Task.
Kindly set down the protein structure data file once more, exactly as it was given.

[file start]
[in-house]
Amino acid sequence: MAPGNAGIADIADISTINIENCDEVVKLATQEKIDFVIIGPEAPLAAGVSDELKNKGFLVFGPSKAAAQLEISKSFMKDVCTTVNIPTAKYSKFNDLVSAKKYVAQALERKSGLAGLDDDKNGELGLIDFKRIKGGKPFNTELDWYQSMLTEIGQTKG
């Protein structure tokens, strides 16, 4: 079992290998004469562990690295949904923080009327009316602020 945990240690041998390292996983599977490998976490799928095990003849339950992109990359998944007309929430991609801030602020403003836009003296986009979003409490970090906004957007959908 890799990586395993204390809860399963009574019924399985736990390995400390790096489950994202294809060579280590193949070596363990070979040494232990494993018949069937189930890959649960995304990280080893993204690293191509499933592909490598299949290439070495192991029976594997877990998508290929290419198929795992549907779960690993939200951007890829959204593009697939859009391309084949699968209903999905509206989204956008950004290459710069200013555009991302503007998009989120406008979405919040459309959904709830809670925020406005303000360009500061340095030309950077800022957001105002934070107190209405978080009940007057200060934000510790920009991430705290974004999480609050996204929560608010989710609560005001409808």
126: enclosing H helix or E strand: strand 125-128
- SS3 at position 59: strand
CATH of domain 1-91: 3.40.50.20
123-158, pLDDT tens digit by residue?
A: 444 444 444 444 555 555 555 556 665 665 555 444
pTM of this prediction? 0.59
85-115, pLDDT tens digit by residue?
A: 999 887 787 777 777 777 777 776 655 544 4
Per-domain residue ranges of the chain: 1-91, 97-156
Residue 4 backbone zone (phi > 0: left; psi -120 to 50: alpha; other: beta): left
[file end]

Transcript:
[in-house]
Amino acid sequence: MAPGNAGIADIADISTINIENCDEVVKLATQEKIDFVIIGPEAPLAAGVSDELKNKGFLVFGPSKAAAQLEISKSFMKDVCTTVNIPTAKYSKFNDLVSAKKYVAQALERKSGLAGLDDDKNGELGLIDFKRIKGGKPFNTELDWYQSMLTEIGQTKG
């Protein structure tokens, strides 16, 4: 079992290998004469562990690295949904923080009327009316602020 945990240690041998390292996983599977490998976490799928095990003849339950992109990359998944007309929430991609801030602020403003836009003296986009979003409490970090906004957007959908 890799990586395993204390809860399963009574019924399985736990390995400390790096489950994202294809060579280590193949070596363990070979040494232990494993018949069937189930890959649960995304990280080893993204690293191509499933592909490598299949290439070495192991029976594997877990998508290929290419198929795992549907779960690993939200951007890829959204593009697939859009391309084949699968209903999905509206989204956008950004290459710069200013555009991302503007998009989120406008979405919040459309959904709830809670925020406005303000360009500061340095030309950077800022957001105002934070107190209405978080009940007057200060934000510790920009991430705290974004999480609050996204929560608010989710609560005001409808």
126: enclosing H helix or E strand: strand 125-128
- SS3 at position 59: strand
CATH of domain 1-91: 3.40.50.20
123-158, pLDDT tens digit by residue?
A: 444 444 444 444 555 555 555 556 665 665 555 444
pTM of this prediction? 0.59
85-115, pLDDT tens digit by residue?
A: 999 887 787 777 777 777 777 776 655 544 4
Per-domain residue ranges of the chain: 1-91, 97-156
Residue 4 backbone zone (phi > 0: left; psi -120 to 50: alpha; other: beta): left